The Scottish Health Survey 2011: Volume 1 - Adults

Annual report of the Scottish Health Survey for 2011. Volume focussing on adult health

This document is part of a collection


1. National Performance Framework: Changes to the National Indicator Set, Edinburgh: Scottish Government, 2012. [online] Available from: See also:

2. See:

3. See:

4. See:

5. Gray, L. and Leyland, A. (2009). Chapter 4: Smoking. In Bromley, C., Bradshaw, P. and Given, L. [eds.] The 2008 Scottish Health Survey - Volume 1: Main Report. Edinburgh, Scottish Government.

6. Miller, M. (2010). Chapter 4: Smoking. In Bromley, C., Given, L. and Ormston, R. [eds.] The 2009 Scottish Health Survey - Volume 1: Main Report. Edinburgh, Scottish Government.

7. Marryat, L. (2011). Chapter 4: Smoking. In Bromley, C. and Given, L. [eds.] The 2010 Scottish Health Survey - Volume 1: Main Report. Edinburgh, Scottish Government.

8. See:

9. See:

10. The consultation uses the term "standardised" packaging to reflect the fact that the proposals would not in fact introduce completely plain packaging, but would instead introduce standardised formats for brand names and coloured graphic health warnings. However, plain packaging is the term that has more commonly been used in the research literature and campaign materials to date.

11. See:

12. Page v in: Moodie, C., Stead, M., Bauld, L., McNeill, A., Angus, K. Hinds, K. Kwan, I. Thomas, J., Hastings, G. and O'Mara-Eves, A. (2012). Plain Tobacco Packaging: A Systematic Review. Public Health Research Consortium. Available from:

13. The 2007 Better Health, Better Care action plan for improving health and health care in Scotland set out how NHS Scotland's HEAT performance management system (based around a series of targets against which the performance of its individual Boards are measured) would feed into the Government's overarching objectives. The HEAT targets derive their name from the four strands in the performance framework: the Health of the population; Efficiency and productivity, resources and workforce; Access to services and waiting times; and Treatment and quality of services.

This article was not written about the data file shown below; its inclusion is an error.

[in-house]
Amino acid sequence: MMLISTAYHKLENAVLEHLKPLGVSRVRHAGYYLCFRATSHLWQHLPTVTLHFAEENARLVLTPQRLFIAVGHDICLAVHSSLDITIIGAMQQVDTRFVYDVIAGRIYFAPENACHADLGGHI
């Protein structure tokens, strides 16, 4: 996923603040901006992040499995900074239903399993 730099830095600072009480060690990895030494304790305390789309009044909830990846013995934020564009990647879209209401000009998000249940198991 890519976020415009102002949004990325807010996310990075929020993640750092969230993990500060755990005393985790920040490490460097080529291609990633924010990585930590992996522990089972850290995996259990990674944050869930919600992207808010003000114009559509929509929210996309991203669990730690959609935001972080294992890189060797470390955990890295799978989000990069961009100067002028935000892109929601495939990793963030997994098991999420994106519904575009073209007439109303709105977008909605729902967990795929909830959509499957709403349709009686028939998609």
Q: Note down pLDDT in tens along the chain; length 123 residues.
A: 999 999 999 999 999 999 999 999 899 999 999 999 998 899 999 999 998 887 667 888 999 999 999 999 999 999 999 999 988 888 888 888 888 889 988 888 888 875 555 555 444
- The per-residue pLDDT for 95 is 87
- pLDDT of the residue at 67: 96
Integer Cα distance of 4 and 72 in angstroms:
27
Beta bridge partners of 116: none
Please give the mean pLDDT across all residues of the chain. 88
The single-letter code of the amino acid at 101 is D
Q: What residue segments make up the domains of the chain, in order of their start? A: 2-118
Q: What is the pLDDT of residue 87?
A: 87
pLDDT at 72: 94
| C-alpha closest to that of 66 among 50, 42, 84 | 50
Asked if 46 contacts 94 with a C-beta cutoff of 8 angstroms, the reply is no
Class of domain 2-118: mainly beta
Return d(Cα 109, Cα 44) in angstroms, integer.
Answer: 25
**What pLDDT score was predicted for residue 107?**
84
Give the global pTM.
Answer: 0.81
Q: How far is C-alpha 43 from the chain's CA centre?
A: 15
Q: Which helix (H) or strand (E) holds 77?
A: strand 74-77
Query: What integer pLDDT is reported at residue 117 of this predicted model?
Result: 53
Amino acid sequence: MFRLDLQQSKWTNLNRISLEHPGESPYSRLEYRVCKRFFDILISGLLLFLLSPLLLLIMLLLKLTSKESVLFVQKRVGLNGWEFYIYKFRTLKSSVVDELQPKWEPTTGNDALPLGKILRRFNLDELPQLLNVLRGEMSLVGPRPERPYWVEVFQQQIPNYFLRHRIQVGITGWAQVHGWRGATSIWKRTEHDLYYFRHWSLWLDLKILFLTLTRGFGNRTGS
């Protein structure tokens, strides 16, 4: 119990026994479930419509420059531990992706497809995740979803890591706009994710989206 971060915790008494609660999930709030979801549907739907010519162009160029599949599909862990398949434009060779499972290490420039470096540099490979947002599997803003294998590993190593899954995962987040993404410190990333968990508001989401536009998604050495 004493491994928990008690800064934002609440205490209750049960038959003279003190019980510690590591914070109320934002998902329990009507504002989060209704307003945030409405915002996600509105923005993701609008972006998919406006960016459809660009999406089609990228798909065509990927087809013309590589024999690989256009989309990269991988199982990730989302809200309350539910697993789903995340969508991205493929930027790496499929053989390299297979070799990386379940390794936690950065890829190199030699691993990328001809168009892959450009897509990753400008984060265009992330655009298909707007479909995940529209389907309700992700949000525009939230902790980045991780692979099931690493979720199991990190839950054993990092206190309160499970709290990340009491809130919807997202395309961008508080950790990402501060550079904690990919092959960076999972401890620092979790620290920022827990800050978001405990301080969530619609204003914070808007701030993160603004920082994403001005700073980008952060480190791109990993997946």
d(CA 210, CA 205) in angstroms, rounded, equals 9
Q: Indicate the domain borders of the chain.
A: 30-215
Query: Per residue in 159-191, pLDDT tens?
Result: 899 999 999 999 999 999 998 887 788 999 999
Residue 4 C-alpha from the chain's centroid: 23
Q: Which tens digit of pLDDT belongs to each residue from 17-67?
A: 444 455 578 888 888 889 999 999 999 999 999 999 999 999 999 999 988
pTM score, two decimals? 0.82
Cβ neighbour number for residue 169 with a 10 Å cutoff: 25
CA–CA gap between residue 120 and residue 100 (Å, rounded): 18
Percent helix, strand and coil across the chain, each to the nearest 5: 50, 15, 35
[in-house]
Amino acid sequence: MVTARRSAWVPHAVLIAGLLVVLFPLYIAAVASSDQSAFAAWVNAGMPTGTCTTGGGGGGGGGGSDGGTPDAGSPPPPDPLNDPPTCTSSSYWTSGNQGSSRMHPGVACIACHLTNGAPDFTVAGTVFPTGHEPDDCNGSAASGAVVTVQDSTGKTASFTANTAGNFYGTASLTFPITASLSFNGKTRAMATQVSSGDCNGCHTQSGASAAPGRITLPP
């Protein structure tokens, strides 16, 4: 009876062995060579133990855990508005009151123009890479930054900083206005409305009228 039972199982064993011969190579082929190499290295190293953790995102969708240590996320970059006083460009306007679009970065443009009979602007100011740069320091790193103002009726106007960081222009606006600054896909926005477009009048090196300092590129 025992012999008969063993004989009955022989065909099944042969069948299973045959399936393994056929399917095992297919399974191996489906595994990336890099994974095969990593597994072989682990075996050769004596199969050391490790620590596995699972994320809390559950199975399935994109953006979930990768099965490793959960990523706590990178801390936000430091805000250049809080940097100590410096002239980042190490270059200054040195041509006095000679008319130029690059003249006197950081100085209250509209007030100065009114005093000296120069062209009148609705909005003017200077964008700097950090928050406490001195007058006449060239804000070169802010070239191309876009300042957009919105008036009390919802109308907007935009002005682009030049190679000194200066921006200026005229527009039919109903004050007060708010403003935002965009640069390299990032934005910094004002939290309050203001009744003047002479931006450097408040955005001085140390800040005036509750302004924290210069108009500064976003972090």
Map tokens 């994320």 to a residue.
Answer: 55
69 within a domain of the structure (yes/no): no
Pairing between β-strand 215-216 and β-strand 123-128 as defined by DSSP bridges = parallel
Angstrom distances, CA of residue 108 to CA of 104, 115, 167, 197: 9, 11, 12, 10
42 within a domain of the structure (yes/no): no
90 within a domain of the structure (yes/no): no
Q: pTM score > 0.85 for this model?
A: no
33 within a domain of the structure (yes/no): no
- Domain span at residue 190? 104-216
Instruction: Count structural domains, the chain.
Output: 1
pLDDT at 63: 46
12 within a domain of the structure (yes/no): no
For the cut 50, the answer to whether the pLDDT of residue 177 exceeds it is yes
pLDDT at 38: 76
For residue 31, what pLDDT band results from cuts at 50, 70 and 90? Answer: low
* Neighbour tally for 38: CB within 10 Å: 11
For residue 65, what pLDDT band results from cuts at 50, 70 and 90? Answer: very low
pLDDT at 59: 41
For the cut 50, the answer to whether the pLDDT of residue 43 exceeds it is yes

14. See:

15. NHSScotland HEAT Targets due for delivery in 2010/11 - Summary of performance. (2012). NHS Scotland Performance and Business management. Available from:

16. Analyses of data from the Health Survey for England 1996-2004 demonstrated that the optimal thresholds (in terms of maximising both sensitivity - identifying smokers - and specificity - correctly identifying non-smokers) to distinguish smokers from non-smokers varied, depending on smoking prevalence, with a gradient from 8ng/ml to 18ng/ml with increasing social disadvantage. The optimal threshold also varied by presence (18ng/ml) or absence (5ng/ml) of smoking in the home. Overall, the best threshold for general use was 12ng/ml.

17. Scotland's People - Annual report: Result from the 2011 Scottish Household Survey. (2012) Edinburgh: Scottish Government. Available from:

18. MacGregor, A. and Wardle, H. Chapter 2: Smoking. In Bromley, C., Shelton, N. and Sproston, K. (Eds.) (2003). The Scottish Health Survey 2003 - Volume 2: Adults. Edinburgh: Scottish Executive.

19. Geometric means can only be calculated for positive numbers. The cases in the dataset with values of zero were therefore converted to 0.05 prior to the calculation. 0.05ng/ml is the lowest value for cotinine detectable by the tests used in the survey.


Email: Julie Ramsay

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